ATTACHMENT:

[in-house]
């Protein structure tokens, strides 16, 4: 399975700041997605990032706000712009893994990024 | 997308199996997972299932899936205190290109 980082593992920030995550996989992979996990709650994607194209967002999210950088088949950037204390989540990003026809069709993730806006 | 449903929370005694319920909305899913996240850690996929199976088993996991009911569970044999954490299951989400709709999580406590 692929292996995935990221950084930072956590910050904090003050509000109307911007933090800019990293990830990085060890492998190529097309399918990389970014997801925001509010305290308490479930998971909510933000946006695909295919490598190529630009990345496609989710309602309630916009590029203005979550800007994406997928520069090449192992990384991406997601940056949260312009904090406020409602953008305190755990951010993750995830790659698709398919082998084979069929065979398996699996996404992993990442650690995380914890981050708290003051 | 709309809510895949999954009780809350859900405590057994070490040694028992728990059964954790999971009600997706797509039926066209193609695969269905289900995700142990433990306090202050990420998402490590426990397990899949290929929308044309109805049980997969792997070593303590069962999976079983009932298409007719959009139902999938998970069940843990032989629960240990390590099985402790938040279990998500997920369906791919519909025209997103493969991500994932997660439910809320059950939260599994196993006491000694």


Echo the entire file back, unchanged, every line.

[in-house]
């Protein structure tokens, strides 16, 4: 399975700041997605990032706000712009893994990024 | 997308199996997972299932899936205190290109 980082593992920030995550996989992979996990709650994607194209967002999210950088088949950037204390989540990003026809069709993730806006 | 449903929370005694319920909305899913996240850690996929199976088993996991009911569970044999954490299951989400709709999580406590 692929292996995935990221950084930072956590910050904090003050509000109307911007933090800019990293990830990085060890492998190529097309399918990389970014997801925001509010305290308490479930998971909510933000946006695909295919490598190529630009990345496609989710309602309630916009590029203005979550800007994406997928520069090449192992990384991406997601940056949260312009904090406020409602953008305190755990951010993750995830790659698709398919082998084979069929065979398996699996996404992993990442650690995380914890981050708290003051 | 709309809510895949999954009780809350859900405590057994070490040694028992728990059964954790999971009600997706797509039926066209193609695969269905289900995700142990433990306090202050990420998402490590426990397990899949290929929308044309109805049980997969792997070593303590069962999976079983009932298409007719959009139902999938998970069940843990032989629960240990390590099985402790938040279990998500997920369906791919519909025209997103493969991500994932997660439910809320059950939260599994196993006491000694």